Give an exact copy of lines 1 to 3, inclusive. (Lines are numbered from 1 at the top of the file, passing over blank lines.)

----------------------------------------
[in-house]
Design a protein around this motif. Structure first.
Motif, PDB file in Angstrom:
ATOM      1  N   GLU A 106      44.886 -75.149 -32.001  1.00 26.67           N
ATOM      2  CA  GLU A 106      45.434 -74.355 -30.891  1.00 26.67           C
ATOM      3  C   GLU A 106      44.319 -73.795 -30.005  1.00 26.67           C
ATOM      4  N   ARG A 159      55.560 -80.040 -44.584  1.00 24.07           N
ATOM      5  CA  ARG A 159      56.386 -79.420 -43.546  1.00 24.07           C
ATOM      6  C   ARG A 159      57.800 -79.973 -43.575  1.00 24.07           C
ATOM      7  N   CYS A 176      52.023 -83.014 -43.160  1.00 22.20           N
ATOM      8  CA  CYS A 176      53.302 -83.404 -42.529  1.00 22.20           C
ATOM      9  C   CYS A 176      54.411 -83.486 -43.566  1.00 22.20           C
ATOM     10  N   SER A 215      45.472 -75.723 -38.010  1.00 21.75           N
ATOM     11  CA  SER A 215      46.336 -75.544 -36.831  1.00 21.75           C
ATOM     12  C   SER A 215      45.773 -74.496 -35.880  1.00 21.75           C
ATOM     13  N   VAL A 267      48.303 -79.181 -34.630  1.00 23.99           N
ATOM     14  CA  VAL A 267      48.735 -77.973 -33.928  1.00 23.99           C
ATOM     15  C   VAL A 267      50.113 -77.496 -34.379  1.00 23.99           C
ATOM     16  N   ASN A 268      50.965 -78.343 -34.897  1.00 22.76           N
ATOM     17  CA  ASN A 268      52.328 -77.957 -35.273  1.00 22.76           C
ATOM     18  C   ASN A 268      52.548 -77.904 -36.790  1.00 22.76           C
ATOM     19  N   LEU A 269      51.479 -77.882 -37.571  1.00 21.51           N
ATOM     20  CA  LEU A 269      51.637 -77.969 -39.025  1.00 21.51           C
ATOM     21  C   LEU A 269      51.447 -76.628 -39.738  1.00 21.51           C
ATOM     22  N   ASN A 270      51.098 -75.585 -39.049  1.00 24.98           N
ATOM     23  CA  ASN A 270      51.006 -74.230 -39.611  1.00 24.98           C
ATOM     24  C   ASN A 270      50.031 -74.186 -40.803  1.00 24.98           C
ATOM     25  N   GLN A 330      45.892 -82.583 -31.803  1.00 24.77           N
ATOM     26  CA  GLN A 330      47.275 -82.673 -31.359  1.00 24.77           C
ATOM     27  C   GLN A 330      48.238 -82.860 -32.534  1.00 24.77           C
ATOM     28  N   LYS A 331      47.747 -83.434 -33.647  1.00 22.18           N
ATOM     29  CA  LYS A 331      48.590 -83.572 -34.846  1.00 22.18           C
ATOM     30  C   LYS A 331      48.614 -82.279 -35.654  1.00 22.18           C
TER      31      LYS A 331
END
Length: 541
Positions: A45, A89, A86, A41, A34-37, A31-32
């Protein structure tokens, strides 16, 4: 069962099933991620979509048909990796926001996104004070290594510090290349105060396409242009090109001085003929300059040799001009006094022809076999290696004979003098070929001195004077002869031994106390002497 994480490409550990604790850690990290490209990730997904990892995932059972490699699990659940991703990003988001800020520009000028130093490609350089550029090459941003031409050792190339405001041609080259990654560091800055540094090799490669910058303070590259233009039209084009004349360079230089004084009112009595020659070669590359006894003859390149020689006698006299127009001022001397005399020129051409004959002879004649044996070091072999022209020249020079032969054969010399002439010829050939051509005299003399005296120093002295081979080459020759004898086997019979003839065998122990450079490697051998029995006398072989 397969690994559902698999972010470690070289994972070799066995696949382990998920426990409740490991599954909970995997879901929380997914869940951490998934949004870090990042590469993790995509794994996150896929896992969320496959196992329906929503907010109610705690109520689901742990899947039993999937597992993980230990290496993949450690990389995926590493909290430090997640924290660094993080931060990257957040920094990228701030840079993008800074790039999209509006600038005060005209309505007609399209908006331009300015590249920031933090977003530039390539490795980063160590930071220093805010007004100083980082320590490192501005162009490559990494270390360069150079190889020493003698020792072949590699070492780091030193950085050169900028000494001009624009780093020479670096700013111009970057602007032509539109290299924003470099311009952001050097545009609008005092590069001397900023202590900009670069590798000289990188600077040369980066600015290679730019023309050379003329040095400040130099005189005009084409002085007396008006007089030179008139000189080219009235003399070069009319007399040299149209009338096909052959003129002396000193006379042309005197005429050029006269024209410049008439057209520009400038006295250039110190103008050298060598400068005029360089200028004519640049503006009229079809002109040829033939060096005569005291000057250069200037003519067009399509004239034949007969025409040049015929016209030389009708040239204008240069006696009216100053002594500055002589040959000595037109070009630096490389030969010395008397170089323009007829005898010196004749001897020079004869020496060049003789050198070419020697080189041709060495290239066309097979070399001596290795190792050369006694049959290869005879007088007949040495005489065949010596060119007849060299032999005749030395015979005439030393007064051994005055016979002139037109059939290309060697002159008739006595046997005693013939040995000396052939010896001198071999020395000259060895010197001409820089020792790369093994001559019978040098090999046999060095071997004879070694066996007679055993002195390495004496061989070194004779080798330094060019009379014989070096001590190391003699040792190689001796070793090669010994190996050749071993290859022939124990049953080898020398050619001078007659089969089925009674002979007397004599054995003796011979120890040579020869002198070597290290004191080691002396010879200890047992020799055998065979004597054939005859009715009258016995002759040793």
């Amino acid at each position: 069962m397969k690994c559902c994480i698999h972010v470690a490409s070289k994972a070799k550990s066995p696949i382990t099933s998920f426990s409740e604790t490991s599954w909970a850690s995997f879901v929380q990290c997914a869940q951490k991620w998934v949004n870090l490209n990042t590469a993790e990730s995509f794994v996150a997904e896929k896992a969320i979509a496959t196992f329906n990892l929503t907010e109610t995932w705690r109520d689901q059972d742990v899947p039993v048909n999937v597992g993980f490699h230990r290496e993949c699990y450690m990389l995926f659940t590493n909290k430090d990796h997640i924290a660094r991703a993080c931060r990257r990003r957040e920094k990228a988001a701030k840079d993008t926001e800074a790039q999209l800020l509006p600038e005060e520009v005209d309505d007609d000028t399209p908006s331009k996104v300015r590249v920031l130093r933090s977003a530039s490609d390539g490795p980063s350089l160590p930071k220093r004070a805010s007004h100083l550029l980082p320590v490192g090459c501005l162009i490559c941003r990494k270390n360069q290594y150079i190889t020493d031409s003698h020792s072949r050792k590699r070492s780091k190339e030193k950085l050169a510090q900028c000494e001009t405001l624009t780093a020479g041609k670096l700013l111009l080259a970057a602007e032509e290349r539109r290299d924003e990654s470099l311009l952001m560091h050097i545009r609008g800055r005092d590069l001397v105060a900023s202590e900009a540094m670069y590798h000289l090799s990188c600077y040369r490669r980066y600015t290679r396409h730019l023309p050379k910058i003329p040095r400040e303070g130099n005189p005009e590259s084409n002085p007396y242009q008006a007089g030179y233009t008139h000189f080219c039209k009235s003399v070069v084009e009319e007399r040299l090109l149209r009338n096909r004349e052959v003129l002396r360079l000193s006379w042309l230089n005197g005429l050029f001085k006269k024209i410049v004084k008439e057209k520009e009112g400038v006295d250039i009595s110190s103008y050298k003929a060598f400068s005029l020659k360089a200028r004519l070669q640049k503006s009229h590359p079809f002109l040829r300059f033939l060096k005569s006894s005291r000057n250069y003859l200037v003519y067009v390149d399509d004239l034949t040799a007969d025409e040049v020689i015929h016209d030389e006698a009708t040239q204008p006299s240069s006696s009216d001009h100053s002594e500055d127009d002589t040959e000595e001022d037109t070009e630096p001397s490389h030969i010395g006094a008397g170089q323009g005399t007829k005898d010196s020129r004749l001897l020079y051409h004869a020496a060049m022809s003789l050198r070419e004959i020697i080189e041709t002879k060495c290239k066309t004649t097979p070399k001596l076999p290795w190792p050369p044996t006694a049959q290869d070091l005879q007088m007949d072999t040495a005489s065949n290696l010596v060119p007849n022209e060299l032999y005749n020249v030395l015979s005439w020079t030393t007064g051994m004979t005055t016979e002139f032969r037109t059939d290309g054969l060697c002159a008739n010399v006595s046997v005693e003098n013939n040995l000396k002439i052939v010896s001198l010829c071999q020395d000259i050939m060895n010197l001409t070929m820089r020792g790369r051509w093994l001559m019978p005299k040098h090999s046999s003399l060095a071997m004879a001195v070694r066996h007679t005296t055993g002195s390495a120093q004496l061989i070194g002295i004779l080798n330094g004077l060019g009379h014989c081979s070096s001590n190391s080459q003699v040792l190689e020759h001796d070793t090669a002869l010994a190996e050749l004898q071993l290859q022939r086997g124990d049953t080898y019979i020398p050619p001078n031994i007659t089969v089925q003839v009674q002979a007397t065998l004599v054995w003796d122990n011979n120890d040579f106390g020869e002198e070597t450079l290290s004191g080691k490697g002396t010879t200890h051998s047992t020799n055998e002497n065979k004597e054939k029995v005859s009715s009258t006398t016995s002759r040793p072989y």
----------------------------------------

[in-house]
Design a protein around this motif. Structure first.
Motif, PDB file in Angstrom: